For example, if I ask you to meet with me on MONDAY (November 11, 2002) at 10:00 a.m. in my office, you do not "reason" that you are required to appear on Monday because I was silent about Tuesday, Wednesday, Thursday, Friday, Saturday and Sunday. It is not SILENCE with respect to the other six days that informs you which day to appear, it is SPECIFICITY with respect to the one day mentioned (Monday) that is truly regulatory. In your principle, brother North, you place the emphasis in your second clause upon "silence." That is misplaced and illogical, in my view.

Notice some of your other statements. You wrote, "By specifying one possibility out of the 'date' category, silence about all other dates naturally excludes them." Again, that is not truly correct logic. It is not "silence" that excludes, it is "specificity." June 12 is not excluded because the invitation was silent about it. June 12 is excluded because the invitation specified November 7. It is specificity that excludes, not silence. You also wrote, "In the 'place' category, the Smith home has been specified. Silence about all other places naturally excludes them." Again, this is an illogical approach to establishing the law of exclusion. The Johnson home is not excluded by virtue of silence; the Johnson home is excluded by virtue of specificity. By specifying the Smith home, the matter of 'place' is settled. There is no logical or rational need to exclude by name all other homes in the area because that logically occurs via the specifying of a single home. Again, this is the principle of exclusion by specificity, not exclusion by silence.

Brother North, you spoke of "the exclusionary power of silence" in various biblical examples. I believe that is a fallacious principle. In the examples you cited it was not "silence" that excluded, rather it was the fact that God had "spoken." He had specified exactly what one should or should not do, and it was this principle of specificity that excluded all other options in that category. To suggest it is "silence" that truly excludes is to completely miss the point of these biblical examples, in my opinion, and leads to the establishment of an exclusionary principle associated with "silence" never contemplated by the inspired writers. Thus, authorial intent is violated.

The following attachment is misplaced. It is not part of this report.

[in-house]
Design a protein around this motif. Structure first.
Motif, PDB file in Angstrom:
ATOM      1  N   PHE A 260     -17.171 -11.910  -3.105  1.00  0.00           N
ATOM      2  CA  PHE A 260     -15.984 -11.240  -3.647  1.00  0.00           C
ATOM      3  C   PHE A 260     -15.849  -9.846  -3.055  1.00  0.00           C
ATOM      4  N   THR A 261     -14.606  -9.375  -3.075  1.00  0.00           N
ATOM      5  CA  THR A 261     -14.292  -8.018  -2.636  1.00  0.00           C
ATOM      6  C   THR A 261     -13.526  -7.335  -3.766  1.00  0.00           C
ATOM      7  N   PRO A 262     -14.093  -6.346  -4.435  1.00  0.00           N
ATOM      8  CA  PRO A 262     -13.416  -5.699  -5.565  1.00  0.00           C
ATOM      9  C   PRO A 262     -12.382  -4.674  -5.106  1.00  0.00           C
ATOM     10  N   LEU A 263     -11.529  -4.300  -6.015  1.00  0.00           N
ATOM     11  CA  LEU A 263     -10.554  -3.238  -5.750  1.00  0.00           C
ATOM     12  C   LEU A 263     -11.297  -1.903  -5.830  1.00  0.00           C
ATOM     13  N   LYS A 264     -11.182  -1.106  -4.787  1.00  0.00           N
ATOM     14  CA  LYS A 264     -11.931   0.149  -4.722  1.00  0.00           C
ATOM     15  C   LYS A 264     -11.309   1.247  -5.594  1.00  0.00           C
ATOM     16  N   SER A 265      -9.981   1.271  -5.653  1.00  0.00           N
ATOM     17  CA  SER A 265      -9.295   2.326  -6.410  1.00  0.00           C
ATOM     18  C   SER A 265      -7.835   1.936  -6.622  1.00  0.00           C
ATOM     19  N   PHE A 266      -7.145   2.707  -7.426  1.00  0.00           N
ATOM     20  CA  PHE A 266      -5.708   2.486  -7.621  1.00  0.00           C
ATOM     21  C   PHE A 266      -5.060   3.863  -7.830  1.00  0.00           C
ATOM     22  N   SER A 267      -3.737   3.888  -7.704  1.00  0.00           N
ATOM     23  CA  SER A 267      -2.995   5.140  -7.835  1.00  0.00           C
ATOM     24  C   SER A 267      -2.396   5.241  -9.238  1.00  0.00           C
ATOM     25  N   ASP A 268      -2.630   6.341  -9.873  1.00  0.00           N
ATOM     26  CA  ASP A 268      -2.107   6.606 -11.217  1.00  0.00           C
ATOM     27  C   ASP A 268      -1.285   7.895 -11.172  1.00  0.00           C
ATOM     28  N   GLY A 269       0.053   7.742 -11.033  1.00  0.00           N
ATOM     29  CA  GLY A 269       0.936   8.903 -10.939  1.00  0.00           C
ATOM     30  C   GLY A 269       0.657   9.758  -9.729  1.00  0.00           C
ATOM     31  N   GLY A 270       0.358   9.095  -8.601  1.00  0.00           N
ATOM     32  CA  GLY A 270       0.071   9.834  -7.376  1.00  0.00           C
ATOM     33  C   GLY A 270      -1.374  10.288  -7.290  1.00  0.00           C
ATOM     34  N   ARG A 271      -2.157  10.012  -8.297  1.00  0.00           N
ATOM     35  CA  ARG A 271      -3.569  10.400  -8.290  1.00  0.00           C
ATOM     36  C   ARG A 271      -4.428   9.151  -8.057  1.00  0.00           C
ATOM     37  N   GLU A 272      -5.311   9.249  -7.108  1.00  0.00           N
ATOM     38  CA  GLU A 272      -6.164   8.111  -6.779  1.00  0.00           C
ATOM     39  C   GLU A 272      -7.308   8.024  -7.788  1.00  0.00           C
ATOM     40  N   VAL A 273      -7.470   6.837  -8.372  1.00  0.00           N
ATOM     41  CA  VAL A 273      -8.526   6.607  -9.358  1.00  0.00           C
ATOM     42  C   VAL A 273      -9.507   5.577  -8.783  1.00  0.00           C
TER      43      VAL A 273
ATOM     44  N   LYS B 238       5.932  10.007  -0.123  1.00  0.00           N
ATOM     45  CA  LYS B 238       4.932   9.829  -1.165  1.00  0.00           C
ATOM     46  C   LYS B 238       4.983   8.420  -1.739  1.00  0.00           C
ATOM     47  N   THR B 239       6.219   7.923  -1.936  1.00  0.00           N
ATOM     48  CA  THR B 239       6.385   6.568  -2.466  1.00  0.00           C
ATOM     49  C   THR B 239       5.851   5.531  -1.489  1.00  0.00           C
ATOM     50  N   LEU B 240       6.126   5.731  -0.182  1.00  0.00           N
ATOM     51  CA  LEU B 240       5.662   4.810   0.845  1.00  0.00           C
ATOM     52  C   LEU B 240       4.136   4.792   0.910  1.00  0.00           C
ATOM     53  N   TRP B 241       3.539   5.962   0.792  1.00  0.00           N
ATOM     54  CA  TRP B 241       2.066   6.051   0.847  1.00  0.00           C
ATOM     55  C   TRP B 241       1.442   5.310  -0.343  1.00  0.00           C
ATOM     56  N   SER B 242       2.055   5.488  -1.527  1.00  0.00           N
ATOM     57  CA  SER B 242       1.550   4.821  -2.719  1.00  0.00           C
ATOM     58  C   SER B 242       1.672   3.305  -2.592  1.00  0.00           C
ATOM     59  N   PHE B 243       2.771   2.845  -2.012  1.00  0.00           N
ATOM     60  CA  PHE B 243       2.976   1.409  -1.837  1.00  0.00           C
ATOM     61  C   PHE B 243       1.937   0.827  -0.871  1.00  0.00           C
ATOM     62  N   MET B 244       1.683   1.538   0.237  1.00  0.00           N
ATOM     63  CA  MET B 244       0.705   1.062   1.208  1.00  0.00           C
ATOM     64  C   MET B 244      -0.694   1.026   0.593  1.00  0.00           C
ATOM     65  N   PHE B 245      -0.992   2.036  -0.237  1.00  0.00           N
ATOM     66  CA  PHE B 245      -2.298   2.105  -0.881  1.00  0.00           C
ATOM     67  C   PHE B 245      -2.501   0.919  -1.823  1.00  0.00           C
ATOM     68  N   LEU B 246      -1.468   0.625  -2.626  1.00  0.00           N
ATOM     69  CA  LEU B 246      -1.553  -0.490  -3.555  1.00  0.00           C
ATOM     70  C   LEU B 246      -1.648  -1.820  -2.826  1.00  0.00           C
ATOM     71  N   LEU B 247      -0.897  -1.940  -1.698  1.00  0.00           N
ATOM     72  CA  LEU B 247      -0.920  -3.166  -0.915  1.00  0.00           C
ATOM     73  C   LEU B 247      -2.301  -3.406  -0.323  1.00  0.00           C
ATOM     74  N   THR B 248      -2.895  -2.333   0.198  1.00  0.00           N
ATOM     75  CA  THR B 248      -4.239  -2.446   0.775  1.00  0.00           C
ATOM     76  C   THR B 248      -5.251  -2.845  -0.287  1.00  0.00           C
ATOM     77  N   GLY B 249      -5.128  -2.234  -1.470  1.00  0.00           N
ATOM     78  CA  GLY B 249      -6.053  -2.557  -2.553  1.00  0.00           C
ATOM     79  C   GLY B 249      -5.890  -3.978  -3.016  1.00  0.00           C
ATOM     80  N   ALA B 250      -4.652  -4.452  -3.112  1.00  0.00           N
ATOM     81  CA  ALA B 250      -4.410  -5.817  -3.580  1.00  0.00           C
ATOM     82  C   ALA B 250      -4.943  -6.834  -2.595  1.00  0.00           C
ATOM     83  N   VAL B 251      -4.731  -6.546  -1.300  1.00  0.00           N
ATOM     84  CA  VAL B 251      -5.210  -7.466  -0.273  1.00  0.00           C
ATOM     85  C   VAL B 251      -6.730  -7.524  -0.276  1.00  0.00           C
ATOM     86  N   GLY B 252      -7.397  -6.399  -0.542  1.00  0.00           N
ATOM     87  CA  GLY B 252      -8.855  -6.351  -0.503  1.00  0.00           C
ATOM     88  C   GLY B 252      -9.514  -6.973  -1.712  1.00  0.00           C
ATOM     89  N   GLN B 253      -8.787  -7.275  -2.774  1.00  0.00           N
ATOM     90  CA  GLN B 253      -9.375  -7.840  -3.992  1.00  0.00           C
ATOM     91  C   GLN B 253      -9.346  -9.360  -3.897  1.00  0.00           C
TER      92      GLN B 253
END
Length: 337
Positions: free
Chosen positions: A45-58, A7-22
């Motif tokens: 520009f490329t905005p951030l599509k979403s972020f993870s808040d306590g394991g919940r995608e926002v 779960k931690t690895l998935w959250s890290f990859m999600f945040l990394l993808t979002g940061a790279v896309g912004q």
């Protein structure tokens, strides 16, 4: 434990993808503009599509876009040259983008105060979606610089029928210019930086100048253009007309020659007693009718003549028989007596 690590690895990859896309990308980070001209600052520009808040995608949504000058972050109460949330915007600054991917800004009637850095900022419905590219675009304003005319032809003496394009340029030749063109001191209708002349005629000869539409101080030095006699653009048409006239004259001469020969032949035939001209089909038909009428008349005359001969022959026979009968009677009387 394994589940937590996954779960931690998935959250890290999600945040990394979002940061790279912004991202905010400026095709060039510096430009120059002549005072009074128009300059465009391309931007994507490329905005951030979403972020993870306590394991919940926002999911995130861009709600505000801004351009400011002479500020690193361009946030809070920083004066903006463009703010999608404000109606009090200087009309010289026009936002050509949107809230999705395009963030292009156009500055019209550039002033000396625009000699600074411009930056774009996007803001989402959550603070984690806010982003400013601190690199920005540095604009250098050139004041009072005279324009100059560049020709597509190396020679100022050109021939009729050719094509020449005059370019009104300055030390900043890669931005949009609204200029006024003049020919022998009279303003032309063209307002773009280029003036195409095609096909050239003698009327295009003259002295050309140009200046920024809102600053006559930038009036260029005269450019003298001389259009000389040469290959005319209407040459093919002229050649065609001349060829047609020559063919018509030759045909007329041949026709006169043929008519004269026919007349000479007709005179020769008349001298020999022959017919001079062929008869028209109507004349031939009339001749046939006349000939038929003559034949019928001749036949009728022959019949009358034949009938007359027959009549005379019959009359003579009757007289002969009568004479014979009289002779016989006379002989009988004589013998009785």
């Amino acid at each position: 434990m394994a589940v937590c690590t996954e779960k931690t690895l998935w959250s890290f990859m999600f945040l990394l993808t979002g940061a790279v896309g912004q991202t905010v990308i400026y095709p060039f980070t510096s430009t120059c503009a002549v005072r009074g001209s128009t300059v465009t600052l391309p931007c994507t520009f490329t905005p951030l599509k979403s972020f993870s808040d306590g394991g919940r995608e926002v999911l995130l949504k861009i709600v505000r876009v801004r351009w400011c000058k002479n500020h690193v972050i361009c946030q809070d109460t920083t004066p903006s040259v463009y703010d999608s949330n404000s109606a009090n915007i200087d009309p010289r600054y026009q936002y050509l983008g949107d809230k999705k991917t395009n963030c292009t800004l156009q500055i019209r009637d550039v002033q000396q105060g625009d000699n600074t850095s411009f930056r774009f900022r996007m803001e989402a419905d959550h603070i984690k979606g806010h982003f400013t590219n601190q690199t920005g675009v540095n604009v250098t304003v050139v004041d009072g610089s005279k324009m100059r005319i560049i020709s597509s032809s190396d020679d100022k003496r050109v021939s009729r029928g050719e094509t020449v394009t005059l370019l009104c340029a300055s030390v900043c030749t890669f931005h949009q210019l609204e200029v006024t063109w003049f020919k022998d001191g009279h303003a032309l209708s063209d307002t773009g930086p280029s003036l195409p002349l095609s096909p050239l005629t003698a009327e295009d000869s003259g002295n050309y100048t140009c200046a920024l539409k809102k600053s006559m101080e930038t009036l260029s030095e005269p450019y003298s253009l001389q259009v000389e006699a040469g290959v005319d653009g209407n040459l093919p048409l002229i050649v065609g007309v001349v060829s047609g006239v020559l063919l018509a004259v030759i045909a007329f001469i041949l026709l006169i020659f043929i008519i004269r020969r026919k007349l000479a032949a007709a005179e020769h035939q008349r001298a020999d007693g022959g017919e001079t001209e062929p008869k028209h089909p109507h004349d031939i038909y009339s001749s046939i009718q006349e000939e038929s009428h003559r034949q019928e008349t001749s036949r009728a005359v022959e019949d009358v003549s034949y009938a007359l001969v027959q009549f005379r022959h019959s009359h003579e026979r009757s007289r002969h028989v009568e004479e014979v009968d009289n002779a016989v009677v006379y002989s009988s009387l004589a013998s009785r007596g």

You have even seemingly acknowledged this fact in the wording of a few of your statements in your article. For example, you wrote, "Because the Lord specified immersion as the method of baptism, sprinkling is excluded." Exactly. Why is sprinkling excluded? Because the Lord SPECIFIED immersion, NOT because He was SILENT about sprinkling. Your wording in this case reflects the principle accurately. You also wrote, "When God specified where to get fire to burn incense, Nadab and Abihu suffered the consequences of getting 'unauthorized fire' because they got fire from a place not specified." Again, this is correct. God SPECIFIED, and they chose a place NOT SPECIFIED. This is not a matter of "silence" at all. God had SPOKEN; He had SPECIFIED.